The tires and wheels are often more costly than the lift, so you should not be so impatient to get your rig back that you will accept the wrong wheels.

On this and on everything else you do to your Jeep, you should strive to understand what you are doing and to do it correctly.
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Unread 03-22-2014, 07:50 PM   #40
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Quote:
Originally Posted by KaiserJeep View Post
If all tire/wheel dealers were as knowledgeable as this, we would not have the problems we have.

If all Jeep owners were knowledgeable on this topic, we would not have problems, either.

The tires and wheels are often more costly than the lift, so you should not be so impatient to get your rig back that you will accept the wrong wheels.

On this and on everything else you do to your Jeep, you should strive to understand what you are doing and to do it correctly.
I couldn't possibly agree more. In my field, there are the people who want to learn, and people who refuse to learn. And I deal with them every single day.


Quote:
There is so much paranoid garbage in this thread it should be deleted
I couldn't possibly agree with this any less. So, it is better to simply delete discussion simply because your opinion does not line up with what is discussed? People tend to say things, and hold unwavering opinions (especially if they are flat wrong) for one reason; pride. Unwilling to accept fact because of pride. And it's sickening.
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Unread 03-23-2014, 02:04 AM   #41
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Quote:
Originally Posted by jimk403 View Post
This is a hub-centric wheel. Your Jeep wheels are not like these.(Unless maybe your tons require them).

Yes, you are correct - that is a hub-centric wheel from a medium truck, 3/4-ton or 1-ton, the eight wheel lugs are a dead giveaway.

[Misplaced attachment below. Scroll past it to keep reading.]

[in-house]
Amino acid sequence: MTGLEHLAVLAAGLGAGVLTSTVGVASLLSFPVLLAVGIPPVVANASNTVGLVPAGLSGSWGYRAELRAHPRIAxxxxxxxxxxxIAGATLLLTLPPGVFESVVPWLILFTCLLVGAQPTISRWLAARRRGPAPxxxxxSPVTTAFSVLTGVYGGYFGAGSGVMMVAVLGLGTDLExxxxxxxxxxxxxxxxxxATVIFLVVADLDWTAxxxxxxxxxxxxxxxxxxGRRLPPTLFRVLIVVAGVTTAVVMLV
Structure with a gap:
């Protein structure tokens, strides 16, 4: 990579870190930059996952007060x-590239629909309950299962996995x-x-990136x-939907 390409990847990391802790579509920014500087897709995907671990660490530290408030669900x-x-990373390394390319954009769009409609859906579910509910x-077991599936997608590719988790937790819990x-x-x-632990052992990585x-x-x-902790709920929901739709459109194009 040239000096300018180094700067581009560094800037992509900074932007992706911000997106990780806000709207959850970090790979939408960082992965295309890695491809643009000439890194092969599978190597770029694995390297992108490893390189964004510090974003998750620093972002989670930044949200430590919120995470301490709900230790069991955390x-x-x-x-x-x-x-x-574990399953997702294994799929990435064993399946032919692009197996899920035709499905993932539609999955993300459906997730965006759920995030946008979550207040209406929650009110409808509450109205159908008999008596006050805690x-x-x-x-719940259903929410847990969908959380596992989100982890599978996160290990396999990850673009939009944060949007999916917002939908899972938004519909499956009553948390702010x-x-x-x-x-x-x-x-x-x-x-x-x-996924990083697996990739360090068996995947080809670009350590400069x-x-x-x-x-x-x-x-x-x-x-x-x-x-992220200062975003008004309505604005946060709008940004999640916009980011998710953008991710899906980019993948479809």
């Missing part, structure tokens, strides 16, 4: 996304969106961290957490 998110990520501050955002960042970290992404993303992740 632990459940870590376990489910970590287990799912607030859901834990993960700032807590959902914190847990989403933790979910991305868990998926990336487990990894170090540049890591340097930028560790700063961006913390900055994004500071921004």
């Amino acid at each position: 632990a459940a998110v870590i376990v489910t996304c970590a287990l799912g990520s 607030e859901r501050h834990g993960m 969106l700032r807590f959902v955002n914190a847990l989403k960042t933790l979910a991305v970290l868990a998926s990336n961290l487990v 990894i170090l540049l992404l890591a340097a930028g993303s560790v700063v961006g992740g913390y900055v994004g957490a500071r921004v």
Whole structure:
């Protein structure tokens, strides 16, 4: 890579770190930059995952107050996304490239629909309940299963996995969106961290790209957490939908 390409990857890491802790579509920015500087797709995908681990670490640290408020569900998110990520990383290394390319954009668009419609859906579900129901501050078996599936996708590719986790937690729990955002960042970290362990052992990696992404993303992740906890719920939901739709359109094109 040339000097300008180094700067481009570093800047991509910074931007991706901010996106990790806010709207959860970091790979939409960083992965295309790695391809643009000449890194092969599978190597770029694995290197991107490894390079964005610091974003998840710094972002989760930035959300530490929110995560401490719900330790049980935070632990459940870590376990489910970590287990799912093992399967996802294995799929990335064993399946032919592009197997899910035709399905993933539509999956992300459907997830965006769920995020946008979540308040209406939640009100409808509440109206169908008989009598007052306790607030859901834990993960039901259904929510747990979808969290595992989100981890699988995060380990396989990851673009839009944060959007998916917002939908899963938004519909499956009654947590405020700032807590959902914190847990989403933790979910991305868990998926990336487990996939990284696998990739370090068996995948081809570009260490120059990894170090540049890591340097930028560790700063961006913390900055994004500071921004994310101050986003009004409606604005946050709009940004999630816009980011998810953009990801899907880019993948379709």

You DO understand that the Jeep "universal" chassis, from the original Willys to the current JK wrangler, are all 1/4-ton chassis with lighter duty powertrains, and the lighter-duty hub centric wheels and axles are very different in appearance from your example?
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Unread 03-27-2014, 01:21 PM   #42
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Can someone help me out with this question...I recently got a 2012 JK with stock Rubicon wheels an tires... 255/75/17...does anyone know if the stock wheels will work with a 3.5" lift kit? Or will I need spacers?
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Unread 03-27-2014, 01:32 PM   #43
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Quote:
Originally Posted by Dflores0625 View Post
Can someone help me out with this question...I recently got a 2012 JK with stock Rubicon wheels an tires... 255/75/17...does anyone know if the stock wheels will work with a 3.5" lift kit? Or will I need spacers?
How many new threads are you going to start and how many other threads are you going to try to hijack with this question? You need to have a little patience. Actually your best bet would probably be to go ask the question in the JK Tech forum but I really don't want to encourage you to start or hijack more threads.
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Unread 03-27-2014, 01:36 PM   #44
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Your question cannot be answered as asked, in any case. Follow the process:

1) Decide what tire you want to run, diameter and width.
2) Pick a lift kit for that tire diameter.
3) Pick wheels or a wheel/spacer combo for the tire width.
4) If the tires are 35" diameter or larger, plan new gearing, brake upgrades, and axle shaft upgrades.

DON'T start by picking a lift kit.
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Unread 04-01-2014, 11:04 AM   #45
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Quote:
Originally Posted by dcorn View Post
It's not really about what you think, it's about what physics and real life experiences prove. Just because you don't like spacers doesn't mean you should go online and tell everyone not to use them.
Sorry, but my personal REAL LIFE experience tells me otherwise and I will stand by what I experienced. Maybe %99.9 of the time no one will have a problem with adapters. That's okay for them but not for me. I had a bad experience that left a bad taste in my mouth and I won't be going back.

It's not really about what you think either. This is a forum where discussions are to be had. To suggest to someone to not go online to express an opinion or share an experience negates the entire purpose of a forum.

Your statement is a perfect example of how obtuse some people can be.